The castle, which stands on what is a rocky peninsula, is a particularly well preserved example of an Irish Tower house and has been described as “the finest fortified dwelling upon any part of the shores of Lough Corrib”.
Though the castle did finally succumb to superior cannow power, the O’Flahertys knew well enough how to protect themselves. The great rectangular Tower House is protected inside two alls or enclosures. The inner enclosure is wedge-shaped with walls pierced with gun-loops. The remains of a gatehouse and drawbridge are at the north western corner. On the northern side, the Drimneed River adds a natural defence line. the outer ward consisting of a large irregular enclosure protected by a much more extensive outer bawn wall, which had five wall towers at intervals along its length, to provide a greater variety of angles from which to shoot at attackers.
Much of the masonry of the inner bawn wall has been demolished, but a small circular watchtower at the south eastern corner which has a very fine corbelled dome and a conical stone roof, indicates the original location of its outermost corner. A gallery encircling the top of the tower provided the sentry on duty with a complete view of the whole courtyard and its surrounding external walls while the gun-ports in the curving walls are a stark reminder of its once-defensive intent.
The Tower-house, with battlements in the Irish style, is sited almost centrally within the inner courtyard. It is certainly on of Connacht’s tallest, rising to a total of six storeys above a battered or sloping base. The decorative doorway is on the eastern side away from the entrance gate to the inner bawn. High above the doorway is a machicolation, a projecting piece of masonry, from which arrows could be fired or stones dropped on intruders. Other projections, known as bartizans, where palace at third floor level, on the corners of the east wall. These were provided with gun loops for muskets.
Inside the doorway there is a guard’s cubicle to the right and a stone spiral stairs rising to the upper apartments to the left. Just inside the entrance a “murder hole” allowed defenders to drop stones on any enemy who managed to enter the castle. The ground floor was used as a storeroom and for servants who would have slept in some of the low rooms sandwiched horizontally between the larger rooms. Other rooms would have similarly been used by family members whose days were spent in the large room on the third floor, where a blazing fire in the grand fireplace, send smoke up through the chimney which rises high above the restored hipped roof. the uppermost floor, with its wide mullioned windows is probably where the chieftain would have held court. It is now covered with a well-crafted oak roof with timbers joined by wooden dowels. The opening in the garderobe floor at this level is the only entrance to a secret chamber. This was in the haunch of the vault between the floors where prisoners could be incarcerated. The battlements were reached via the stairway door in the top floor and the wall walk provided a fine field of view for the defenders of lake and surrounding countryside.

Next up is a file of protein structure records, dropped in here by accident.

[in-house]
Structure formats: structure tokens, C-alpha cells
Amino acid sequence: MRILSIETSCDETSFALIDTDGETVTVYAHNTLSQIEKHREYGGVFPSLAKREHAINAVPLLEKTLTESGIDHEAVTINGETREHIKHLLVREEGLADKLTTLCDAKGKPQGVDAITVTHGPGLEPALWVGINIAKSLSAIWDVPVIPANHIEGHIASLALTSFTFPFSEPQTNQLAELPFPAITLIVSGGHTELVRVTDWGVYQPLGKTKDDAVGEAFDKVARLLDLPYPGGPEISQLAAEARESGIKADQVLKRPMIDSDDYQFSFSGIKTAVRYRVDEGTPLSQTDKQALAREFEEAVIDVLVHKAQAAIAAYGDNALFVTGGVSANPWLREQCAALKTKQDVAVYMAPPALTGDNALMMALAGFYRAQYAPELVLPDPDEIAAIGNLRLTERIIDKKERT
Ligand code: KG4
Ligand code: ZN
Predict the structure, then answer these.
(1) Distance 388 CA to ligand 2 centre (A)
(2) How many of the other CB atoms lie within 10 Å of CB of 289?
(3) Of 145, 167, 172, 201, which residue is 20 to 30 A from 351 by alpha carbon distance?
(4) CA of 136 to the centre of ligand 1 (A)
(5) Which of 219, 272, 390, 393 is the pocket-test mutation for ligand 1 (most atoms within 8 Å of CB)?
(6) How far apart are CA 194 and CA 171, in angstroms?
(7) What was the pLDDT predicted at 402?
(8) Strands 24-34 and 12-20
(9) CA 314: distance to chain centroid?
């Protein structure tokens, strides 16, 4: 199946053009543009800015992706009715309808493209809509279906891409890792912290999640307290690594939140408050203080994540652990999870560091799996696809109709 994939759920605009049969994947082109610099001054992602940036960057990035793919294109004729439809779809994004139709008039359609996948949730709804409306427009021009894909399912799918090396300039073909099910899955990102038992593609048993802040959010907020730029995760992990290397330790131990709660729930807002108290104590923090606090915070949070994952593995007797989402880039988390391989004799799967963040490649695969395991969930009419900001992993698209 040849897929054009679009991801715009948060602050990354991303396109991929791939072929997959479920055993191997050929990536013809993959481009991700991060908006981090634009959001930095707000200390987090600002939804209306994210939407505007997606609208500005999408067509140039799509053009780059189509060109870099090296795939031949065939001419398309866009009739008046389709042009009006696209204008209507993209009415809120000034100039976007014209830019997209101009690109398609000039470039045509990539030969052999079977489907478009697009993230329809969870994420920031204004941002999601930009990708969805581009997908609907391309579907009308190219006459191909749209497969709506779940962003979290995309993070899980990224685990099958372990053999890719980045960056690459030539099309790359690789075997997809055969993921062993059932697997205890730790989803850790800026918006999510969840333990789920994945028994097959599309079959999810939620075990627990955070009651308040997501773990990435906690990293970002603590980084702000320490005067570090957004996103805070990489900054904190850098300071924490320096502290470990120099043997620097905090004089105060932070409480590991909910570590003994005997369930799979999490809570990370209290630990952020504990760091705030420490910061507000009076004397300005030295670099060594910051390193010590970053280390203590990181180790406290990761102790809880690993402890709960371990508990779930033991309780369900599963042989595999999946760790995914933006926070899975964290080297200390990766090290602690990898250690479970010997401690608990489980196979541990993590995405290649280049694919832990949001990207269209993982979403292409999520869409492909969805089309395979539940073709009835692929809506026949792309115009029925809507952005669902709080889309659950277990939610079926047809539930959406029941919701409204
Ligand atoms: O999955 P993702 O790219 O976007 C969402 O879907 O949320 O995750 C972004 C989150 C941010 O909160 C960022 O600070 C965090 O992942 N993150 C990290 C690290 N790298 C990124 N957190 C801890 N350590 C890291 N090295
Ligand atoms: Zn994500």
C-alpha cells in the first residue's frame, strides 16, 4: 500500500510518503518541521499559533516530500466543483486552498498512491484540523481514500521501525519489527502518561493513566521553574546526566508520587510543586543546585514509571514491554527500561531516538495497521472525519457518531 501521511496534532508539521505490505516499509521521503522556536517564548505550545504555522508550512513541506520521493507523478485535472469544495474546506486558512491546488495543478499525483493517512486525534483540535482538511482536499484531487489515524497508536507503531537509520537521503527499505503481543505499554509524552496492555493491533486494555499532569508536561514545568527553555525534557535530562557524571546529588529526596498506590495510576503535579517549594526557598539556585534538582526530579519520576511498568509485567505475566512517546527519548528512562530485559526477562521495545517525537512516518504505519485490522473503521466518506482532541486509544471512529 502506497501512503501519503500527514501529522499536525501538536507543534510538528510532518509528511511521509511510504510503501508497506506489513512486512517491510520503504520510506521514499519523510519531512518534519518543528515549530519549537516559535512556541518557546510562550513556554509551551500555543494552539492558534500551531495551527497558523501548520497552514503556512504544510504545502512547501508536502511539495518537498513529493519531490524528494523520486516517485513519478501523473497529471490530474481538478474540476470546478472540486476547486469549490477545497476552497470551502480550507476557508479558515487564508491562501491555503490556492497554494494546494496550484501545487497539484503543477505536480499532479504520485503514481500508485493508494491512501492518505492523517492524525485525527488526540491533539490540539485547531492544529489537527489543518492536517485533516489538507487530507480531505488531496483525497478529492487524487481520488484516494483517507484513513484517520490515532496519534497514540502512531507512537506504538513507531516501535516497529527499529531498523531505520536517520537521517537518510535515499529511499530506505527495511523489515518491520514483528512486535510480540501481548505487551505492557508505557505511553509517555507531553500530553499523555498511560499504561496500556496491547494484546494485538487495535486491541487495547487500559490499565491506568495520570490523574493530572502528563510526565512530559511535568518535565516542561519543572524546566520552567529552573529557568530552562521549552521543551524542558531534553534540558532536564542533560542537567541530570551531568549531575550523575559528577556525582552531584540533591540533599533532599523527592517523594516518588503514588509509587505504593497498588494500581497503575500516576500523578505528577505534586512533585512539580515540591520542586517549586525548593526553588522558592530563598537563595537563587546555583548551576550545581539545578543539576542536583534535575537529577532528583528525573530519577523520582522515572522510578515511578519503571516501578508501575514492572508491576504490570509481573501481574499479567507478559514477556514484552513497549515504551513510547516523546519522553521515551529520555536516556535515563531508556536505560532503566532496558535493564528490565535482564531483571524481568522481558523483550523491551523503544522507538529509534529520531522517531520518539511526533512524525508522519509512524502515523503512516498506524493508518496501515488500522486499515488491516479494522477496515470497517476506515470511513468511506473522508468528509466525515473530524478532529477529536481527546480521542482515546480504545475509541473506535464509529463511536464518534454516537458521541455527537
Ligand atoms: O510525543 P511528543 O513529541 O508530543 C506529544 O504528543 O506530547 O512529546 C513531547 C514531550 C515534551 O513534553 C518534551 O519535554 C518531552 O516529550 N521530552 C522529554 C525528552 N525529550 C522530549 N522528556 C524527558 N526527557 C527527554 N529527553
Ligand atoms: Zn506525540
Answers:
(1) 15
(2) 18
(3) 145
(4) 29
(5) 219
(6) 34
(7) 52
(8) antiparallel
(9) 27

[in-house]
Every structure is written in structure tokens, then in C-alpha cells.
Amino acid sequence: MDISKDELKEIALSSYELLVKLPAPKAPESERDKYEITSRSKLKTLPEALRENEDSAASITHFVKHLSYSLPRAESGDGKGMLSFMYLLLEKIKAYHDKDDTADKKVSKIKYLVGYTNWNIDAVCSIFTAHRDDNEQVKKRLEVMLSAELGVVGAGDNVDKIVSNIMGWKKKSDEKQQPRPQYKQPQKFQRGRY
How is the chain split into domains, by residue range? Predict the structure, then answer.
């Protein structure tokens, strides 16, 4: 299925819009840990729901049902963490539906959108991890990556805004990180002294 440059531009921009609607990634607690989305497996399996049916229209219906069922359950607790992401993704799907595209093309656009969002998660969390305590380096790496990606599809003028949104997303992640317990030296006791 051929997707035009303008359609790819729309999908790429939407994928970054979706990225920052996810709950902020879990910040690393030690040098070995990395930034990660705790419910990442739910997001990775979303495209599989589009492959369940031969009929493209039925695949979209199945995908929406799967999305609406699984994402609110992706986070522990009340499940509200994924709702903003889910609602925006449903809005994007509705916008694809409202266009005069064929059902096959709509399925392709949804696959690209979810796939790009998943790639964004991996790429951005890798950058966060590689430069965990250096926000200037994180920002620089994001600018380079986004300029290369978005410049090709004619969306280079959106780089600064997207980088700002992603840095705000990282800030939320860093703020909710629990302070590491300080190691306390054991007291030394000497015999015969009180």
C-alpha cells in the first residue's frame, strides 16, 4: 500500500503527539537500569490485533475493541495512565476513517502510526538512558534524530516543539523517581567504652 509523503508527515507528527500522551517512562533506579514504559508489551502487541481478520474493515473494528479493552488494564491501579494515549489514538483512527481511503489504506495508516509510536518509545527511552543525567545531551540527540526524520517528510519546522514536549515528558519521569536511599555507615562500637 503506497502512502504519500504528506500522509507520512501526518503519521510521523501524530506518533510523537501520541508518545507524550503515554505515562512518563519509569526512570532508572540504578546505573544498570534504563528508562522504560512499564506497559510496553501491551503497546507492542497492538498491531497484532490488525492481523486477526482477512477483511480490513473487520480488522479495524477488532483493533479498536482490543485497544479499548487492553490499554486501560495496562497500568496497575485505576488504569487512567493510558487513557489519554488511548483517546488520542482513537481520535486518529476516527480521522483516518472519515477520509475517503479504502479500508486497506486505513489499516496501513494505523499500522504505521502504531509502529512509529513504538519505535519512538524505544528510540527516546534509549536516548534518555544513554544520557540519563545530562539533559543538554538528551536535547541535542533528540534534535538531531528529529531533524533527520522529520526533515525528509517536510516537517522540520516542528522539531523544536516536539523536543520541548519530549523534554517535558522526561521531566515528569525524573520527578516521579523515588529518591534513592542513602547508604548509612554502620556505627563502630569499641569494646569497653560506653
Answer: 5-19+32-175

Near the south-eastern corner of the outer bawn, stand the remains of the east wall of the once thatched Banqueting Hall. The remainder of the hall fell with the collapse of the natural arch over the river on which the Banqueting Hall had been built. The one remaining wall contains two windows beautifully decorated inside and out with stone carvings. The sofffit of one of them bears some stiff carvings of grapes, suggesting that wine was quaffed there by the O’Flahertys, and particularly by Morogh, who may have imported it from France and Spain through the city of Galway. It is said that unpopular guests were sometimes disposed of through a trap door into the subterranea river which ran under the hall!
Bats of Aughnanure
Three species of bat use Aughnanure castle as roost. Most are Daubenton’s bats but a few Long-Eared and Pipistrelles bats are also present. The castle is used as a maternity roost, where the female bat gives birth to a single offspring in early summer. Sometimes baby bats crawl out of the crevices and are found on the castle floor, but in general they are never seen during the day and can only be heard through the castle walls. Bats are and endangered species and are protected by Irish and EU legislation. During the day the bats are rarely seen and can only be heard though the walls of the castle.